Let me reaffirm:  In a society committed to free speech, there will inevitably be times when speakers use words that anger, provoke, and even cause pain.  Then, more than ever, we are called on to maintain our courage to confront bad words with better words.  That is the hallmark of a university and of our democratic society.  It is also one of our central safeguards against the impulses of intolerance that always threaten to engulf our commitment to proper respect for every person.

Sincerely,

Lee C. Bollinger


 

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13 Comments

  1. mike

    good job bollinger
    for a pussy you finaly said something
    disgusting liberals need to stop being so hipocritical

  2. Times coverage  

    "Mayor Michael R. Bloomberg criticized the university today for not keeping better control over a public event.

    In his radio address, he said the protesters were infringing on Mr. Gilchrist’s right to speak.

    “If you get invited, whoever invites you should have the courtesy to let you speak and provide the protection so you can do it, and particularly on university campuses,” Mr. Bloomberg said in response to a question on his weekly radio show."

    http://www.nytimes.com/2006/10/06/nyregion/07columbiacnd.html?ex=1317787200&en=6769514cc2936ff7&ei=5088&partner=rssnyt&emc=rss

  3. wow

    i'm not sure i agree with karina, but she's FUCKING AWESOME

  4. mee  

    um how come pataki is in the background? did bollinger make a speech? i think its whole thing is hilarious. i think bill oreilly is funny. and i think its funnier that columbia kids are gonna be on his show! god bless america.

  5. joe

    all you overly pc rich bitch whiners.are no more than a waste of oxygen

  6. joe

    illegal immigrants.Are just that.Illegal.If you dont like the law maybe you should do something that will change them.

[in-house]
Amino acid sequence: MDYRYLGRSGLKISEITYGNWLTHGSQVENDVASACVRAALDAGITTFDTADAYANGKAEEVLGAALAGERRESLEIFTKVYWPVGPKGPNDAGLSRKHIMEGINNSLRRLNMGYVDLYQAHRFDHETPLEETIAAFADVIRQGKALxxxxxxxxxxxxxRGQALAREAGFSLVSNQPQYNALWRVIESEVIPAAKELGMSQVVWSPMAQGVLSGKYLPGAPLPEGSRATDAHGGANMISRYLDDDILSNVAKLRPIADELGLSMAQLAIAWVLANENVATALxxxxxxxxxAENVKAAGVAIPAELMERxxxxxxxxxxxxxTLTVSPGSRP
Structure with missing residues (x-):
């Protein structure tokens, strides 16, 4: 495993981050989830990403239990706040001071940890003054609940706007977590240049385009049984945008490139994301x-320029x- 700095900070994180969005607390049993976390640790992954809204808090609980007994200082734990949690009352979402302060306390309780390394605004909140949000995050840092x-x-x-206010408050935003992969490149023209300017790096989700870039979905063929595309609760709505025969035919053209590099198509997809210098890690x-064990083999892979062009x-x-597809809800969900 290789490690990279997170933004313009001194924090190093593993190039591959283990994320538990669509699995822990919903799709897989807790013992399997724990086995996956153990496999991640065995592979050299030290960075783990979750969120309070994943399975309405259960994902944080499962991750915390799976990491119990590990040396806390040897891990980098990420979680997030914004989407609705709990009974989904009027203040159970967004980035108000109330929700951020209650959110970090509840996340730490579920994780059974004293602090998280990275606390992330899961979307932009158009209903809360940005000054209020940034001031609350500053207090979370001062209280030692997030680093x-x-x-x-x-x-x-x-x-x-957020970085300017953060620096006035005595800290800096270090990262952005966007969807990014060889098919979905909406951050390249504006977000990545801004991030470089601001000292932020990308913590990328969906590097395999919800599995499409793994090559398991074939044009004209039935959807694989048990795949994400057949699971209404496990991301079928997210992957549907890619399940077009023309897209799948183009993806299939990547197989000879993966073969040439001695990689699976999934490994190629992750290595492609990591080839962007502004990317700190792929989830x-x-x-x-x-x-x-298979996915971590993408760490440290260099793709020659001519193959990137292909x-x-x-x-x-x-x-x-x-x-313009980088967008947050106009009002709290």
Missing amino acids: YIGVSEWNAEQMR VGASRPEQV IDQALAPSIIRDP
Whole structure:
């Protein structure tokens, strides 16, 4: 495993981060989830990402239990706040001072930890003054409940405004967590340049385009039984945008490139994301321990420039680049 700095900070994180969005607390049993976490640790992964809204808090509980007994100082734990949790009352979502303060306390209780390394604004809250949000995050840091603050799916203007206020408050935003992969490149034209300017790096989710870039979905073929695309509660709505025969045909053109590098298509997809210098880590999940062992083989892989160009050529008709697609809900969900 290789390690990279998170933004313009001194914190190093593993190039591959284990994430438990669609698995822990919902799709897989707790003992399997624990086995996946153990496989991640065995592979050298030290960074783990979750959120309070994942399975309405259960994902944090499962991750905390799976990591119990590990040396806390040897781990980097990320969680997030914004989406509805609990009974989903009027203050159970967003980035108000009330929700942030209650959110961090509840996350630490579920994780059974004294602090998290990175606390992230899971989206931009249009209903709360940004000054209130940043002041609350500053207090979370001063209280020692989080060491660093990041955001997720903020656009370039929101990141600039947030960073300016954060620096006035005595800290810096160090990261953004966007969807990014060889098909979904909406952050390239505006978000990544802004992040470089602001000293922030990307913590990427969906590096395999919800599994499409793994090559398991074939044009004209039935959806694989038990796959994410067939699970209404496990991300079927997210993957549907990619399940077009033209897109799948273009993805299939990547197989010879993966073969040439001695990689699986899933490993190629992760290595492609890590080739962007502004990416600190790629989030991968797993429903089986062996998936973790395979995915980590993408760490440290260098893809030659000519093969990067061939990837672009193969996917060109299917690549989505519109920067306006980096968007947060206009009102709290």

7. joe

    if your all really that hard up for a creative outlet,than try exploring solutions that offer results.its ok to have different oppinions.But it is anti productive to just bitch

  8. david

    Bloomberg disgusts me. What a fucking hypocrite. Apparently his high-minded love of free speech doesn't matter when he lets his overly militarized police department routinely, and in some cases (i.e. RNC Convention 2004) trample over the First Amendment rights of protesters.

  9. David  

    "The First Amendment does not apply to the university, because it is a private institution. It can choose its policies for how to treat faculty utterances."
    -Lee Bollinger on the freedom of speech of MEALAC professors, October 28, 2004
    http://www.columbia.edu/cu/ecfas/files/minutes18.htm

    "We must speak out to deplore a disruption that threatens the central principle to which we are institutionally dedicated, namely to respect the rights of others to express their views."
    -Lee Bollinger on the protest against Jim Gilchrist, October 6, 2006

    "Repugnant."
    -Lee Bollinger on the views of Iranian President Mahmoud Ahmadinejad, invited to Columbia, September 21, 2006
    http://www.nysun.com/article/40142

    "..."
    -Lee Bollinger on the views of Minuteman Project founder Jim Gilchrist, present at Columbia, as of October 8, 2006